Learning and communication

Learning and Communication Design

August 23, 2021

Learning and Communication Design


Fetal Alcohol Spectrum Disorders (FASDs) are cognitive, behavioral, and developmental conditions exhibited by children whose mothers abused alcohol during pregnancy. Fetuses have no ability to assimilate alcohol, and any presence of it in their bodies has detrimental effects on their brains. According to the CDC (2021), about 2 children in every 1000 live births are affected by FASD in the United States. CDC further estimates that about 1-5% of American and European school-going children are affected by this condition (CDC, 2021). Children with these conditions are emotionally, socially, and academically impaired. Although there is no cure for these conditions, interventions can alleviate their severity. This paper aims to provide solutions to fetal alcohol spectrum disorders and their founding theories while providing a systematic design for applying these interventions.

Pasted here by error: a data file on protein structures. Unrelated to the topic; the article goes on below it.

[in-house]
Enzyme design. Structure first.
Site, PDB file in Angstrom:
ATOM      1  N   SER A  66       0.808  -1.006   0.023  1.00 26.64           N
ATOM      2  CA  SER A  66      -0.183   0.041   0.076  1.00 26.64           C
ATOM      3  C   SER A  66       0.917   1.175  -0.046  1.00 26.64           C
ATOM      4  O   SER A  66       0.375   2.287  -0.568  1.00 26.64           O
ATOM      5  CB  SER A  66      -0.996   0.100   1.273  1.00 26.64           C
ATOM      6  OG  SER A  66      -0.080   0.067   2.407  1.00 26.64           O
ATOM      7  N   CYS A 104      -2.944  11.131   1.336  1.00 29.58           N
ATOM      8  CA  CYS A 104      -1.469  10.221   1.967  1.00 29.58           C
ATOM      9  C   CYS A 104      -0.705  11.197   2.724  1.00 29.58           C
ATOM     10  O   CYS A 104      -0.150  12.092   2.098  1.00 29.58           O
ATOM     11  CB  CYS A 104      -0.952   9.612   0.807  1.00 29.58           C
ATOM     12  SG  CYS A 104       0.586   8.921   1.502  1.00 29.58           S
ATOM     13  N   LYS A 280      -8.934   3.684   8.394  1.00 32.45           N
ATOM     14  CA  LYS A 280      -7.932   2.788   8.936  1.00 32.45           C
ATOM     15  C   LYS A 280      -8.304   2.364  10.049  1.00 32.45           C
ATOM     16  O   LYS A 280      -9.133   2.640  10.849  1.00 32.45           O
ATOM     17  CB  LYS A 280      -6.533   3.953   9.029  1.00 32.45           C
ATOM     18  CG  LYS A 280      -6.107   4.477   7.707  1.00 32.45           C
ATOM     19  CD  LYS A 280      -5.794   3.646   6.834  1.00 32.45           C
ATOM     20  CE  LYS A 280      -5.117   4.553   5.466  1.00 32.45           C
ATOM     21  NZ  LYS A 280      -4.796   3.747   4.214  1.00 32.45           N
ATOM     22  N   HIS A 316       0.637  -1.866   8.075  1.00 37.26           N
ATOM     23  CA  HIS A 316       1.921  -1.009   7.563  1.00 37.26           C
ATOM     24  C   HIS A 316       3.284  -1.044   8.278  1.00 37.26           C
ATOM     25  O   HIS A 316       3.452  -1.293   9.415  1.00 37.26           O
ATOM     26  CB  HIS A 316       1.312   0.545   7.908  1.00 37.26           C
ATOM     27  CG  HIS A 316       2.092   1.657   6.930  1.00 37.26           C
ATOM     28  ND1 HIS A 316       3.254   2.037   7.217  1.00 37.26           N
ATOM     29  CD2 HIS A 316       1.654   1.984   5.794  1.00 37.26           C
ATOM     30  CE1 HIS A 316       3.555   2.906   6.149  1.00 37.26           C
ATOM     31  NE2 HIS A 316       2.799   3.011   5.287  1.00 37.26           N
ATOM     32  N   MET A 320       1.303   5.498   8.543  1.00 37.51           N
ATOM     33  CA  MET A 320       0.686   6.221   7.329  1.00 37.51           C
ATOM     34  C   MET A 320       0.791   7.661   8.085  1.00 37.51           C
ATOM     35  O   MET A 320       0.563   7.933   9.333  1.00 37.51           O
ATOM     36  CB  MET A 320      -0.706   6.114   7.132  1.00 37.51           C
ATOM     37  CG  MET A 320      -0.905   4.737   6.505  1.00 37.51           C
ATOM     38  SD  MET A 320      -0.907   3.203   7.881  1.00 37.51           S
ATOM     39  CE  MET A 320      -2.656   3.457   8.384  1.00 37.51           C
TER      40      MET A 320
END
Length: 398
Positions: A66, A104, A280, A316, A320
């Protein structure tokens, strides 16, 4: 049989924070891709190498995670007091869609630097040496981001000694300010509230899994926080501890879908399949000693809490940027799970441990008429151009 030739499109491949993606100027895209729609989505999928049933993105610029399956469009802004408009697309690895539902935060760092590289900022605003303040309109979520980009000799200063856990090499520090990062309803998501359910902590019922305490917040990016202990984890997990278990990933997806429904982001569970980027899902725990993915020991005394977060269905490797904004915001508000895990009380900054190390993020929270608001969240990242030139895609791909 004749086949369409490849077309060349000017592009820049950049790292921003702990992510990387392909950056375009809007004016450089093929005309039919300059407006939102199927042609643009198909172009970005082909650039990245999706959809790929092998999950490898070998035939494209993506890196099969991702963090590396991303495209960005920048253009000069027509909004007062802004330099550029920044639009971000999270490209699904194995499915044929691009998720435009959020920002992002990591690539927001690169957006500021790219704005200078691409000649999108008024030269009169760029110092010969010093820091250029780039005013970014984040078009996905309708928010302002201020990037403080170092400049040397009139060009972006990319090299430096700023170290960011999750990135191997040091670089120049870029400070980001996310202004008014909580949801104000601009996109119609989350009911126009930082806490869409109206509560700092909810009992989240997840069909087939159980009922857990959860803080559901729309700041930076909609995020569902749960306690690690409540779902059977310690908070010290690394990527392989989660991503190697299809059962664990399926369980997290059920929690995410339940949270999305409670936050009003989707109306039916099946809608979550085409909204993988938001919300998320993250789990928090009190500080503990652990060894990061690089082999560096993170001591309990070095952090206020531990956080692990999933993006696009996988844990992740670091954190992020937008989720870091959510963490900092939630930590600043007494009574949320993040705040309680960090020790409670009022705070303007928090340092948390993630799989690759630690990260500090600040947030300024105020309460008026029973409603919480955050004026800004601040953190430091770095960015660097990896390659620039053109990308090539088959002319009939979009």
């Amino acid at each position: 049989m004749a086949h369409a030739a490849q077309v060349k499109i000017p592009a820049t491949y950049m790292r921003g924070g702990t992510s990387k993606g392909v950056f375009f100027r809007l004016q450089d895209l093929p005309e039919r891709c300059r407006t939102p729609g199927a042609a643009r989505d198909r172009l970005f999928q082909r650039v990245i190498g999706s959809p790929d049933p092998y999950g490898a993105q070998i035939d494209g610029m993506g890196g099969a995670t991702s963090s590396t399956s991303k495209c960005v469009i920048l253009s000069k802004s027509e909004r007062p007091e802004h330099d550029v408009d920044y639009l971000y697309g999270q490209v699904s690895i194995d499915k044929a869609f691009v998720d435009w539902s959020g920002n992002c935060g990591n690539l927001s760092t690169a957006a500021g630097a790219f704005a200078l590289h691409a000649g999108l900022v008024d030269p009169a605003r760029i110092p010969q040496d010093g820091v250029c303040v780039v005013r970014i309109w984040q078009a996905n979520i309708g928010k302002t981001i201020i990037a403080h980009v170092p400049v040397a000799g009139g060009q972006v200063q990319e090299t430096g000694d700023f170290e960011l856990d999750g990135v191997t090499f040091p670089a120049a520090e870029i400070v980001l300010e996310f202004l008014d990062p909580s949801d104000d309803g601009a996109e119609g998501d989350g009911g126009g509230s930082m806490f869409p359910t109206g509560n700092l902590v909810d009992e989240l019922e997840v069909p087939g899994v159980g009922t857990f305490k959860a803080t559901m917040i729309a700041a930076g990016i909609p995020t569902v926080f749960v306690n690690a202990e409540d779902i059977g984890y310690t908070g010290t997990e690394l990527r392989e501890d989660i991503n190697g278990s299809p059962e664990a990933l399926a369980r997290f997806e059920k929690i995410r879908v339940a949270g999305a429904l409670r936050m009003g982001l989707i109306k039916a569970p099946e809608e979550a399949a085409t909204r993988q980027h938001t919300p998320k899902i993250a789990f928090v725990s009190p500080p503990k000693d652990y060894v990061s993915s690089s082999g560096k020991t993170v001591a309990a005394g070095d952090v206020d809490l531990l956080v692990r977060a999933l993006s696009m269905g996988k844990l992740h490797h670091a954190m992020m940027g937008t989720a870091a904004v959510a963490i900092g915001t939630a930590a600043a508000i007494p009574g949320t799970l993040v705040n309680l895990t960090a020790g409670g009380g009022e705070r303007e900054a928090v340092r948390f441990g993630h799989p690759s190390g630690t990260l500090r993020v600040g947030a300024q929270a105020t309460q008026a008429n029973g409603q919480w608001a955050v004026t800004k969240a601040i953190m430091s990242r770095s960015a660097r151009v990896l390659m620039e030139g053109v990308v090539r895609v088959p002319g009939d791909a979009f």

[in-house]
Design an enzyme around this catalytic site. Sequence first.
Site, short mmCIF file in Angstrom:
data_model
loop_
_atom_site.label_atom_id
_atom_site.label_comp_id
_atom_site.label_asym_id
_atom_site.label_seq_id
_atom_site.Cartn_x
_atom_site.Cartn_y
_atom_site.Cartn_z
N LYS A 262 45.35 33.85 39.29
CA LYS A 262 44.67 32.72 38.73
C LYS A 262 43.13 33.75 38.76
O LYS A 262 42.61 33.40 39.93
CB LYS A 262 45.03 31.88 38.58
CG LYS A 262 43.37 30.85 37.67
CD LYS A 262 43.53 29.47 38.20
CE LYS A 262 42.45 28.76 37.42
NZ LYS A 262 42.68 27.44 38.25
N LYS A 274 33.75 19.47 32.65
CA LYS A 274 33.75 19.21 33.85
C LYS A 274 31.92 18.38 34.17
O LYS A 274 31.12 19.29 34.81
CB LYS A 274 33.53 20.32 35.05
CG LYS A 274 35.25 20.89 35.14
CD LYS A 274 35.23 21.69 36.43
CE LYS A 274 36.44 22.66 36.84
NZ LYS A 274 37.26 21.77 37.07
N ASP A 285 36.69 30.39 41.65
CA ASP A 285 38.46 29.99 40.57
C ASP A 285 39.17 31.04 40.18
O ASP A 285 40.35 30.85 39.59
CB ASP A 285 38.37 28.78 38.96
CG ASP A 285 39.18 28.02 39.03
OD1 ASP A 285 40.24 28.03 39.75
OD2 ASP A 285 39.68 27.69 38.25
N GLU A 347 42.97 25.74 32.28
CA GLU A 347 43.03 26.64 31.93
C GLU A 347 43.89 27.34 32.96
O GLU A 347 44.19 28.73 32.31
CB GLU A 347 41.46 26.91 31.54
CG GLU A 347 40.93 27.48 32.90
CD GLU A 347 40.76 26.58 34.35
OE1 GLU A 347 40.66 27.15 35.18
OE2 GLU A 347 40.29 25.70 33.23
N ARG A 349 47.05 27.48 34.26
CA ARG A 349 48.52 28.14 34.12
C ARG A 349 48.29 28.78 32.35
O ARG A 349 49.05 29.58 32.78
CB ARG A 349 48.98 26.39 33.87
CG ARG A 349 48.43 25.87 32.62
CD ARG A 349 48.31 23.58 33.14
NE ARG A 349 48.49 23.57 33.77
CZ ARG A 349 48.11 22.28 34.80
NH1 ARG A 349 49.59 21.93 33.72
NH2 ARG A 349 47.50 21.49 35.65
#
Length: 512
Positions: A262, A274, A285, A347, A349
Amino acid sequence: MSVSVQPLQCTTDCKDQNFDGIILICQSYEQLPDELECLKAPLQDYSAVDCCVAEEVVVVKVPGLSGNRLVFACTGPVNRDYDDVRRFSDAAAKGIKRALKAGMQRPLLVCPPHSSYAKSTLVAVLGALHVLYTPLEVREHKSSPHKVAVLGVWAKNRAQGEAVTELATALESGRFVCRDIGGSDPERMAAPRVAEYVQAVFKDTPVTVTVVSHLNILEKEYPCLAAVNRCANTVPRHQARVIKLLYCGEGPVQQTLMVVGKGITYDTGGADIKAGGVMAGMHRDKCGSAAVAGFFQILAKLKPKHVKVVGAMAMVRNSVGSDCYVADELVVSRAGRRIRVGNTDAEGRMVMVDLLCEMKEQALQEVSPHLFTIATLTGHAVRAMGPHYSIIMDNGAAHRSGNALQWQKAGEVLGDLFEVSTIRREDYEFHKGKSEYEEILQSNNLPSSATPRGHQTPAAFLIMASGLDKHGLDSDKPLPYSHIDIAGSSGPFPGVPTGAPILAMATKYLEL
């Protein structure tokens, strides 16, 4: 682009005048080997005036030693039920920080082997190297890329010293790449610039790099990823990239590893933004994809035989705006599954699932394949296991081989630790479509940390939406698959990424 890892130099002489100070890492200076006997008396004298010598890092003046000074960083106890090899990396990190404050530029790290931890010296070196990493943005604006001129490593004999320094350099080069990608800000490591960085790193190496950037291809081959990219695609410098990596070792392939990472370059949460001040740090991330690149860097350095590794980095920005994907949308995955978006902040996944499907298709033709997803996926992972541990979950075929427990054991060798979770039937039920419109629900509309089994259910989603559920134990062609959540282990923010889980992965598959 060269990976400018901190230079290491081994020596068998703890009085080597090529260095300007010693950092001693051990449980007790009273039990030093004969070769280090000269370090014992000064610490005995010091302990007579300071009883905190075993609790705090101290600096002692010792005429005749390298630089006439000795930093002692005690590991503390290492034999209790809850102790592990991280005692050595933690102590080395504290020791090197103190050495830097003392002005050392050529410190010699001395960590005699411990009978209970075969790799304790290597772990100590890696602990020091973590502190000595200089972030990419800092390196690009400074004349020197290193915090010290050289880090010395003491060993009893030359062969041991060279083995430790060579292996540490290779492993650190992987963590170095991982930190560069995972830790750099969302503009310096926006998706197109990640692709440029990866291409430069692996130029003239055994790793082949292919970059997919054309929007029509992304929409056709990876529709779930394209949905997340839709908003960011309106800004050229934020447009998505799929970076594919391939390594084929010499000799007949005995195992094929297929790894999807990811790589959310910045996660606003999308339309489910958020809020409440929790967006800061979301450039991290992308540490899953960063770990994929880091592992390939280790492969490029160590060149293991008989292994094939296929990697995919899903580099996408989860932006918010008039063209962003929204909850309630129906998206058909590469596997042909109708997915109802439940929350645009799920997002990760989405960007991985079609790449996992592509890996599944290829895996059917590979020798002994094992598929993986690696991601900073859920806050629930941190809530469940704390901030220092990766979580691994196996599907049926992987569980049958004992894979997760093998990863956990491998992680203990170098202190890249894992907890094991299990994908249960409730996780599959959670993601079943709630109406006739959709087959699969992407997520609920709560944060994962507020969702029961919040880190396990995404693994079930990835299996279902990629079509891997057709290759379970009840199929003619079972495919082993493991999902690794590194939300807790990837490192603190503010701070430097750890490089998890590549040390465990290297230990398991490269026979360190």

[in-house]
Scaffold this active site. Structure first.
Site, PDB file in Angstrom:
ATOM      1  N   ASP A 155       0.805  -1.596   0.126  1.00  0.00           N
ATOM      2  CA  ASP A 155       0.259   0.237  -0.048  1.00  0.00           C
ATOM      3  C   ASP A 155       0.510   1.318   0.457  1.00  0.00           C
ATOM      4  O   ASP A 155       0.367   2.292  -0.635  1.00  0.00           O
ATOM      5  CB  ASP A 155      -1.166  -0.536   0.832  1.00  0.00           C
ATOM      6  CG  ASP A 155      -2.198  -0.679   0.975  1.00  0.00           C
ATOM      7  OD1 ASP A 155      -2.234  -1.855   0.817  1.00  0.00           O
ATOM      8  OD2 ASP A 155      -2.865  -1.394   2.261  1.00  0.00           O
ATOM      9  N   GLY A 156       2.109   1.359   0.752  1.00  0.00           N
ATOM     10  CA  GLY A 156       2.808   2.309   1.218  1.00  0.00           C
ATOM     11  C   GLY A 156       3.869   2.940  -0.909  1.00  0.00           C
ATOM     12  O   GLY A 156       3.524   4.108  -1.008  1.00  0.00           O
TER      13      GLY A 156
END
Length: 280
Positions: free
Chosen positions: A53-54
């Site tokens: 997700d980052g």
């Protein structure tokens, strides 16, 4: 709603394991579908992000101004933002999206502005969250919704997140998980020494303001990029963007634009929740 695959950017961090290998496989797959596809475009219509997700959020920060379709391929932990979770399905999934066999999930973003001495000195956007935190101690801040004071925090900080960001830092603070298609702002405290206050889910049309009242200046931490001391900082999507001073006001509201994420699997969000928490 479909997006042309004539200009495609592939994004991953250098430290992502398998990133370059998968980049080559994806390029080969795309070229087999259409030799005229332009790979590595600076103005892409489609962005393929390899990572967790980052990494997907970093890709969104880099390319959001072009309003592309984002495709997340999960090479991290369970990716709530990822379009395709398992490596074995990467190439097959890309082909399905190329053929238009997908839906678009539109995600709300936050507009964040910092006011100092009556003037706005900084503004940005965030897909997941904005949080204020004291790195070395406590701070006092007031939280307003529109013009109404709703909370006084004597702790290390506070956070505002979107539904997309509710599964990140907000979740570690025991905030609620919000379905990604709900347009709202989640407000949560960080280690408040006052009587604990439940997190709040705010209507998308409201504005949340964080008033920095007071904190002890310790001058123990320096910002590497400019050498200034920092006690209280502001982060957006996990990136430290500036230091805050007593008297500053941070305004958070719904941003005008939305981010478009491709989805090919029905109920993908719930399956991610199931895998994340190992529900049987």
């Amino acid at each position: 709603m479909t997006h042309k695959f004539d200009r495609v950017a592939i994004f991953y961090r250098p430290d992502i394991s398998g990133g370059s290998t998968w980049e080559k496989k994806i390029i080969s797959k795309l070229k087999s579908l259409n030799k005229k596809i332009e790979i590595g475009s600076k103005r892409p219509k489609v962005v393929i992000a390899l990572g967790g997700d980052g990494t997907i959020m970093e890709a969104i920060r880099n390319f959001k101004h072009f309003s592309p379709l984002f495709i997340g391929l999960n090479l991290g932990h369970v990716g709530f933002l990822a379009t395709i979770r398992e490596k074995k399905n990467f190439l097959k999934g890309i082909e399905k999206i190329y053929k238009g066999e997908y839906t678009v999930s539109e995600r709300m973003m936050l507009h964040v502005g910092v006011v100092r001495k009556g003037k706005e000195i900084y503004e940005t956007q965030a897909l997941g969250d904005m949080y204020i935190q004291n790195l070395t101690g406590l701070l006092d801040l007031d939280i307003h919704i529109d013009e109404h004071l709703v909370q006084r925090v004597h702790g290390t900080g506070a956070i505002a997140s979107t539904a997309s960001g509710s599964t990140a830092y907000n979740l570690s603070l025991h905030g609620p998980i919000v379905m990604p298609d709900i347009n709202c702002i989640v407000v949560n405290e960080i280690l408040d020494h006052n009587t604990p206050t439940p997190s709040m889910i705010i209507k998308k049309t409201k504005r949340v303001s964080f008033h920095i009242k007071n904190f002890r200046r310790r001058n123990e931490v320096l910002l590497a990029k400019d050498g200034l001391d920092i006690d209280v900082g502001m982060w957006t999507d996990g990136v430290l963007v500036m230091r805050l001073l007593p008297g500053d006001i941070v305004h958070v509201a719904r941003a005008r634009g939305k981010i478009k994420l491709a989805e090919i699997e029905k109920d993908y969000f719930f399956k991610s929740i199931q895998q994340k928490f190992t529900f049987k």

Statement of the Problem